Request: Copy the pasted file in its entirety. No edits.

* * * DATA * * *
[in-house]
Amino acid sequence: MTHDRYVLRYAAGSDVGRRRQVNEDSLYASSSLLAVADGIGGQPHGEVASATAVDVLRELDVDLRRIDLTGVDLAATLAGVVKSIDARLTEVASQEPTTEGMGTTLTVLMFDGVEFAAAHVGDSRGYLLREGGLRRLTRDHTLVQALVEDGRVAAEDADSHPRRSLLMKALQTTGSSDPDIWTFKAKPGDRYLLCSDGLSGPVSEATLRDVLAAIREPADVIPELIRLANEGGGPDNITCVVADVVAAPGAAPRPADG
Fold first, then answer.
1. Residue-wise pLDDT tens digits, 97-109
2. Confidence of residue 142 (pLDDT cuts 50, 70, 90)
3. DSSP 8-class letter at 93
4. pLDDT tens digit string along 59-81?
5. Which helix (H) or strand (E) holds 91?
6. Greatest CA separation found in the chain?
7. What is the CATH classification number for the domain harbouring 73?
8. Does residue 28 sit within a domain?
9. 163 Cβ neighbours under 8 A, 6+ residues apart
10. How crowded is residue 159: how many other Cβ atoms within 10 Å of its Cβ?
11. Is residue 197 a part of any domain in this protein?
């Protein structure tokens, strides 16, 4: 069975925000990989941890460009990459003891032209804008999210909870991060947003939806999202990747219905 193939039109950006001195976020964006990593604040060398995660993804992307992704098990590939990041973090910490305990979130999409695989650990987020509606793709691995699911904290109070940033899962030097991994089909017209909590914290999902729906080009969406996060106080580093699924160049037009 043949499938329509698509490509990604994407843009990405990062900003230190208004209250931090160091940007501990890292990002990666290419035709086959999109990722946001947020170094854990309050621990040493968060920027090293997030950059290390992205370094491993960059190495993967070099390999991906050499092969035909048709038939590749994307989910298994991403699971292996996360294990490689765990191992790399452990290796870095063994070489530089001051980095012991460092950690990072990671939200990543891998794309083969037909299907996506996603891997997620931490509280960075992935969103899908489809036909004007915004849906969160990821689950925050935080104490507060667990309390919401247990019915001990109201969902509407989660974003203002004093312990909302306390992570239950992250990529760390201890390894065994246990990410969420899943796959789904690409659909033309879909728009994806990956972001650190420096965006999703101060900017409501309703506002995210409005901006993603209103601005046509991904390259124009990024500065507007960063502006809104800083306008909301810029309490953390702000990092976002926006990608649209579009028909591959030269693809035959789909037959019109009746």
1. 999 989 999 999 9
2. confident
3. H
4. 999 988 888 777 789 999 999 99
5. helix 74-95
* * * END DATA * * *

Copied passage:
[in-house]
Amino acid sequence: MTHDRYVLRYAAGSDVGRRRQVNEDSLYASSSLLAVADGIGGQPHGEVASATAVDVLRELDVDLRRIDLTGVDLAATLAGVVKSIDARLTEVASQEPTTEGMGTTLTVLMFDGVEFAAAHVGDSRGYLLREGGLRRLTRDHTLVQALVEDGRVAAEDADSHPRRSLLMKALQTTGSSDPDIWTFKAKPGDRYLLCSDGLSGPVSEATLRDVLAAIREPADVIPELIRLANEGGGPDNITCVVADVVAAPGAAPRPADG
Fold first, then answer.
1. Residue-wise pLDDT tens digits, 97-109
2. Confidence of residue 142 (pLDDT cuts 50, 70, 90)
3. DSSP 8-class letter at 93
4. pLDDT tens digit string along 59-81?
5. Which helix (H) or strand (E) holds 91?
6. Greatest CA separation found in the chain?
7. What is the CATH classification number for the domain harbouring 73?
8. Does residue 28 sit within a domain?
9. 163 Cβ neighbours under 8 A, 6+ residues apart
10. How crowded is residue 159: how many other Cβ atoms within 10 Å of its Cβ?
11. Is residue 197 a part of any domain in this protein?
């Protein structure tokens, strides 16, 4: 069975925000990989941890460009990459003891032209804008999210909870991060947003939806999202990747219905 193939039109950006001195976020964006990593604040060398995660993804992307992704098990590939990041973090910490305990979130999409695989650990987020509606793709691995699911904290109070940033899962030097991994089909017209909590914290999902729906080009969406996060106080580093699924160049037009 043949499938329509698509490509990604994407843009990405990062900003230190208004209250931090160091940007501990890292990002990666290419035709086959999109990722946001947020170094854990309050621990040493968060920027090293997030950059290390992205370094491993960059190495993967070099390999991906050499092969035909048709038939590749994307989910298994991403699971292996996360294990490689765990191992790399452990290796870095063994070489530089001051980095012991460092950690990072990671939200990543891998794309083969037909299907996506996603891997997620931490509280960075992935969103899908489809036909004007915004849906969160990821689950925050935080104490507060667990309390919401247990019915001990109201969902509407989660974003203002004093312990909302306390992570239950992250990529760390201890390894065994246990990410969420899943796959789904690409659909033309879909728009994806990956972001650190420096965006999703101060900017409501309703506002995210409005901006993603209103601005046509991904390259124009990024500065507007960063502006809104800083306008909301810029309490953390702000990092976002926006990608649209579009028909591959030269693809035959789909037959019109009746």
1. 999 989 999 999 9
2. confident
3. H
4. 999 988 888 777 789 999 999 99
5. helix 74-95